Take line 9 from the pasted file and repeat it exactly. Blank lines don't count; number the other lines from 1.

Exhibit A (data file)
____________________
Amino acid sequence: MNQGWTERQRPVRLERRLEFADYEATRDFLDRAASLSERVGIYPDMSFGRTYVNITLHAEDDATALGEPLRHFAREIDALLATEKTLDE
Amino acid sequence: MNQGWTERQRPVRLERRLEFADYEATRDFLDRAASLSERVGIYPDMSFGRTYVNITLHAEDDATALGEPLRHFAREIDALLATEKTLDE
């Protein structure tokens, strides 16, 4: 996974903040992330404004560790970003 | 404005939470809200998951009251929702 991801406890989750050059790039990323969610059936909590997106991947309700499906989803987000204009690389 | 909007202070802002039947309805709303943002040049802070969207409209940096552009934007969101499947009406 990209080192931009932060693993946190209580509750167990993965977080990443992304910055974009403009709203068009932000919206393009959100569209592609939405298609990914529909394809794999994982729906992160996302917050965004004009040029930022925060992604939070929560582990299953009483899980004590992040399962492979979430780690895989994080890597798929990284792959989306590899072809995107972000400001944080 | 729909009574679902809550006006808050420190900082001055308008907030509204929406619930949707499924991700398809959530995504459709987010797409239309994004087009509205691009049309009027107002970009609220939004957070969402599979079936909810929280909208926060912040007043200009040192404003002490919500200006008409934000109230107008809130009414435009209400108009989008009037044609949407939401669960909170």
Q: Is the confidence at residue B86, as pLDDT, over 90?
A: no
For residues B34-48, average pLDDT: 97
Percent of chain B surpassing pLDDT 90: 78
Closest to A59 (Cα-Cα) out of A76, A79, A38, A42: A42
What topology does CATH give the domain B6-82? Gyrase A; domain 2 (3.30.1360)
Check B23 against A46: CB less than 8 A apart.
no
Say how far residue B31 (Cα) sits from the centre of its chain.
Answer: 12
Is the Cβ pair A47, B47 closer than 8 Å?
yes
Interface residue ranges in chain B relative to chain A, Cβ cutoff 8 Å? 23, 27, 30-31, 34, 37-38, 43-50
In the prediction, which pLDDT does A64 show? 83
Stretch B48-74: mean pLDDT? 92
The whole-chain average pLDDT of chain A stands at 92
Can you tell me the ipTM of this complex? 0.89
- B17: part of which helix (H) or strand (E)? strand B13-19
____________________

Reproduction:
What topology does CATH give the domain B6-82? Gyrase A; domain 2 (3.30.1360)